Master Story Teller, Robert McKee

I’m always looking for writing information on the web and today I discovered something that is great. I’ve been getting  regular e-mails from Robert McKee’s Storylogue for quite some time, wishing I could afford the large fee to attend one of his three-day sessions on writing screenplays. It’s not that I want to write a screenplay, I just want to see if I can steal any of his devices to improve my memoir writing skills. I never thought to look on You Tube. Here’s the link to a lesson on setting from the master story teller, Robert McKee. http://www.youtube.com/watch?v=g-SfvGUmr_A Like a bag of potato chips, I’m sure I won’t be happy with just one. Over the next few days, I’ll be watching as many of these short...

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I’m All About Compression

During the last residency of my MFA program, we spent three hours each morning going over our manuscripts. When asked what I would do to expand a fellow-student’s story, I had to pass.  “I’m all about compression,” I said. I tend to write with as few words as possible and often recommend others do the same. Sometimes, the simple act of compression improves the writing.  I found a great article on-line from Writer’s Relief, Inc. on how to shorten your writing. Here’s the link: http://www.writersrelief.com/blog/2009/03/why-length-matters-when-submitting-your-stories-and-poems-for-publication/ Give it a try. Shorter pieces are easier to get published. Shorter pieces keep the reader’s interest. Do you have one written piece...

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Eating an Elephant

How do you eat an elephant? One bite at a time. Does the idea of beginning a writing project overwhelm you? Are you still procrastinating? Can you write a word? A sentence? A paragraph?  If you can’t see yourself writing the entire story, just get a sentence or two down on the page. Build from that. Maybe you can’t quite imagine how the story will hang together, but you could write that one little scene. What’s the dialogue? How did your mother’s face look when you gave her the bad news that September morning? What was the light in the room during the conversation? What noises were in the background? What smells? As writers, sometimes we don’t know where to begin or how to get started. We flounder and fail. Try again and again and...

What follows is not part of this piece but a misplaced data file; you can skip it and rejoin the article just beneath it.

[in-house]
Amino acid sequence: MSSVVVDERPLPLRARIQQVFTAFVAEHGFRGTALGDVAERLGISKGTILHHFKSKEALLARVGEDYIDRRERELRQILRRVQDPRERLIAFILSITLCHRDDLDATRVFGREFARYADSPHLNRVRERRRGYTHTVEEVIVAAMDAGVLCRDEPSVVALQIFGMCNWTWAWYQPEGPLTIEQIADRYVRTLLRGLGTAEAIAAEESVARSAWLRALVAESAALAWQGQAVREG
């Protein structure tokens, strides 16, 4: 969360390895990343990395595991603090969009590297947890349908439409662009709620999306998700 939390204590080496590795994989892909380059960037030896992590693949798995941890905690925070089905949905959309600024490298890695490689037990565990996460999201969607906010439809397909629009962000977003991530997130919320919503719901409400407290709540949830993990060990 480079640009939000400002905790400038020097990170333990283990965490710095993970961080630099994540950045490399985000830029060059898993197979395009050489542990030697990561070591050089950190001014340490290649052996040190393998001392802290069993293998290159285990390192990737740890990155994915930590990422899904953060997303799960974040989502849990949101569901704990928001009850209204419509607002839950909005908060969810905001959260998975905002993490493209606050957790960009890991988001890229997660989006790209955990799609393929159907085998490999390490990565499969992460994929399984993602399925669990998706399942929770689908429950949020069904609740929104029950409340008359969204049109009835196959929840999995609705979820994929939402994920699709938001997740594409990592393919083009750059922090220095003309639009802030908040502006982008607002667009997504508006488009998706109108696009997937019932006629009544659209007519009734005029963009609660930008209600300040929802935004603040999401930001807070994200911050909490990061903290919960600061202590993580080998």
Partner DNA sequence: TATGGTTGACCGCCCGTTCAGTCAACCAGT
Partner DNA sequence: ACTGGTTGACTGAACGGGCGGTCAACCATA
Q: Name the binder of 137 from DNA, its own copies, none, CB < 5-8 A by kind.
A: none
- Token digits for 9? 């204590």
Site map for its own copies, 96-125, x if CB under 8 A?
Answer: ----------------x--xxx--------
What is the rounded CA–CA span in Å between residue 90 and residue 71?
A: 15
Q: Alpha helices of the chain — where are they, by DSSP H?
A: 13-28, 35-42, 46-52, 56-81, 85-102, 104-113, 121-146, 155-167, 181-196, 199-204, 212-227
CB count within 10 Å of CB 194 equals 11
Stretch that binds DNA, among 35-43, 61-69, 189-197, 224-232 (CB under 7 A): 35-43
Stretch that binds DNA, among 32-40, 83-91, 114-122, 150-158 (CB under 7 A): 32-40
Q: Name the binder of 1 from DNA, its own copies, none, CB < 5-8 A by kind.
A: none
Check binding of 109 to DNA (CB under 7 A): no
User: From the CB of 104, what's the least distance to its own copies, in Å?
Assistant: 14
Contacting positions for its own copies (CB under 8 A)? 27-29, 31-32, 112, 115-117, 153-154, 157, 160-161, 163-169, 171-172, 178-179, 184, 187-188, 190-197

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Be Brave! Be Daring!

I am often asked about how to deal with telling family secrets. What should a writer do when a memoir reveals more information than some relatives might feel comfortable sharing? If you are just beginning to write your story, put that thought on the back burner. Right now, just concentrate on writing the best memoir possible. Learn the craft. Develop your setting. Re-create the characters from your life on paper. Tell a great story. When the time comes to put your story out into the world, you may have a different attitude. Will your sixty-year-old sister really care that you have made her look like a spoiled brat when she was thirteen? Decades later, are we even the same people we were back then? You must be brave! Daring! Write your story. Put it all down on...

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A Lesson on Imagery

Our brains think in images. If I ask you to imagine a woman, your brain does not spell “woman” in giant letters inside your head. Instead it attempts to think of an actual image of a woman. Your brain races around in confusion. Is this woman tall, short, young, or pretty?  If I give you no instruction as to what that woman looks like, you’re frustrated.  But if I add this simple statement— think of Sophia Loren, but with long blond hair— you get it.  An image pops in your head. Your brain calms.  There’s a lesson to be learned for the writer in this explanation of imagery. As readers, we are proficient in creating movies  in our heads from the words we see on the page.  If we are reading along and can’t follow the images,...

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